Tim opening gate

Integrating forestry and farming

Farm Management Change – With Descriptor

What’s the problem?

Farmers are re-evaluating their farm businesses due to a range of factors impacting on their existing farming systems. These factors include increasing market and environmental regulations (nutrients, greenhouse gases, biodiversity), climate change, market volatility and competing substitute products, such as vegetarian meat, and farm business and family factors that affect farm transition and ownership.

Including forestry in farm business enterprises, particularly on land less suited to intensive agriculture, can provide a practical multi-purpose solution to the above challenges. However, forestry is not viewed favourably by some farmers for lifestyle and community reasons, and because of their perceptions of forestry’s relative economics and timing of returns.

What’s the project?

Integrated Forestry Farm Systems is a project demonstrating how integrating dairy and hill country sheep and beef farming with forestry for profitable, sustainable land use can assist landowners, iwi and rural professionals make well-informed forestry decisions and increase confidence implementing forestry as a land-use option.

The project has four elements:

  1. Identify farmer perceptions of forestry and barriers to integrating forestry with farming businesses;
  2. Undertake a diverse range of farm case studies to illustrate the integration of various forestry options into pastoral farming systems;
  3. Undertake case study scenarios on the formation of farm syndicates to purchase and convert land at scale to offset the environmental externalities of members and provide improved returns to them; and
  4. Extension activities to agribusiness consultants and farmers to support their, or their clients, decisions.

The Integrated Farm Forestry Systems project is a multi-agency funded research and extension project, led by agricultural consultancy Perrin Ag with funding from Te Uru Rākau and co-funded by DairyNZ, the Waikato, Bay of Plenty and Horizons Regional Councils, Living Water, Farmlands Co-operative and the Forest Growers Levy Trust.

Peter Savage

Peter Savage

Fonterra Senior Partnerships Manager
Jane and Sarah planting

What’s been achieved?

The review of information and resources available to farmers and industry on incorporating trees on farm was completed in December 2019. That enabled farmer interviews on practice, perceptions and knowledge of trees on farm to be conducted in February 2020. Ten farm case studies were completed, and a summary report produced in May 2021.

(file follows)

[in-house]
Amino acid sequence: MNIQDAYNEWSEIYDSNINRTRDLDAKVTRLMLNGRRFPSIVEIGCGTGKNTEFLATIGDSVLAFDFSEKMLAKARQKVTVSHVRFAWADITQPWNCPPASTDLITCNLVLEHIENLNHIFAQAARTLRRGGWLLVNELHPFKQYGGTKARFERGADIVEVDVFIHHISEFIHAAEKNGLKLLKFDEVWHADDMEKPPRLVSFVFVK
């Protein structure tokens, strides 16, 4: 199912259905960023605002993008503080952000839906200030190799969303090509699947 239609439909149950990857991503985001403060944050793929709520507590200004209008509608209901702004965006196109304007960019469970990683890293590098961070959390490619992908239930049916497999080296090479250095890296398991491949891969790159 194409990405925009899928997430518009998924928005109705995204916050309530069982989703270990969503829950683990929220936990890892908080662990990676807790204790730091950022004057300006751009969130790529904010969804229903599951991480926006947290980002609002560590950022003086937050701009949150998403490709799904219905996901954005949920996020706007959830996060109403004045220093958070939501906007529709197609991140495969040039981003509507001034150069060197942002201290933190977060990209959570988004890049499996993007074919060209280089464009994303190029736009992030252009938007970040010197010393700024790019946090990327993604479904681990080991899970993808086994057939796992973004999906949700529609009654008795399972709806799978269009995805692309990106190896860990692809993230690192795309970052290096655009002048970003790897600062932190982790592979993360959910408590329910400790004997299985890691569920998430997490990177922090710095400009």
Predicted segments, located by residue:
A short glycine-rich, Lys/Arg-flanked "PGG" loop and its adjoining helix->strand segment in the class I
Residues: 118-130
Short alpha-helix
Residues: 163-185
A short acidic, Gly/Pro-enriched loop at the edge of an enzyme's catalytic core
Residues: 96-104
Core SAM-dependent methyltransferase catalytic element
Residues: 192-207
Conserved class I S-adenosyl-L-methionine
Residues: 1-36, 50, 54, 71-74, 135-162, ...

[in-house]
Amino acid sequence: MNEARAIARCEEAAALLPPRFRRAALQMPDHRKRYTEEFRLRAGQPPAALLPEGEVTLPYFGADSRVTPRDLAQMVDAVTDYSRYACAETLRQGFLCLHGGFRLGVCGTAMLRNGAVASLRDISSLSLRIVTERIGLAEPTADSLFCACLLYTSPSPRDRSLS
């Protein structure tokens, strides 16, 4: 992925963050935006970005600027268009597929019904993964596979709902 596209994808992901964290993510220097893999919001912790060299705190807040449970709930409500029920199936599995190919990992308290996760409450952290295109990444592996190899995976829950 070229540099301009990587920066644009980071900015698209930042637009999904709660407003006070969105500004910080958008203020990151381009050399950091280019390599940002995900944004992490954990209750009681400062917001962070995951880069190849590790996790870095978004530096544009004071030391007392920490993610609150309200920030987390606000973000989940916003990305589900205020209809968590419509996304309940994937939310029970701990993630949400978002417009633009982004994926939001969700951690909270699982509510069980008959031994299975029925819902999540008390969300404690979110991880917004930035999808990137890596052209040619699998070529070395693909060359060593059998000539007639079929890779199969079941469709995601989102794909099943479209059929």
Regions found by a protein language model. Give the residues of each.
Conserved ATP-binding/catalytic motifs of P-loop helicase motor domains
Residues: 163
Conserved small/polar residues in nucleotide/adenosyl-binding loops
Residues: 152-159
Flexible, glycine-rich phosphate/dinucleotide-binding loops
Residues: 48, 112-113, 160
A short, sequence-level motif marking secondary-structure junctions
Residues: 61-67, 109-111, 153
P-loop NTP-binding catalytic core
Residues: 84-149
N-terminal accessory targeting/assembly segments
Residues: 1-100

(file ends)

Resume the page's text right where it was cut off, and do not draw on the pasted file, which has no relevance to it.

The case studies provide resources for landowners who aspire to plant trees to have the knowledge and confidence to plant the right tree in the right place for the right purpose. Topics and information provided include:

  • Farm specific information on the Emission Trading Scheme (ETS), how carbon trading works, differences in carbon sequestration, ETS eligibility and the financial benefits and risks of registering plantings within the ETS.
  • Robust financial and environmental analysis demonstrating the potential returns, environmental impact and the performance of an integrated farm business.
  • Process for selecting wood harvesters and setting up wood harvesting agreements.
  • Best practice for tree management and harvest process for the case study farms, and how environmental impact at harvest can be mitigated through good planning and harvest management.
  • Illustrates a range of options for how natives can be established to provide integrated ‘best land-use’.
  • Illustrates the planning required and why site selections and silviculture regime are critical success factors for farm forestry.

The case study scenarios on the formation of farm syndicates were not able to proceed due to covid restrictions.

What did Living Water learn?

The future of farming is different. Living Water learned that nature, in this instance forestry, has a place in productive landscapes, and farm planning should be based on restoring natural ecological systems and processes to achieve positive outcomes for water, climate, soils, biodiversity and farm profitability. Rather than requiring farm conversions, forestry can be successfully integrated into productive farms to support them and improve biodiversity and environmental outcomes. People need to want to change how they farm, to find ways to work with nature. Science must be accessible to inform decision-making, so farmers can select and plant the right tree, in the right place for the right purpose.

Links to resources

Review of the information and resources available to farmers and industry on incorporating trees on farm, December 2019

Farmer interviews on practice, perceptions and knowledge of trees on farm, February 2020

Ten farm case studies completed (summary report, May 2021)

Te Waihora planting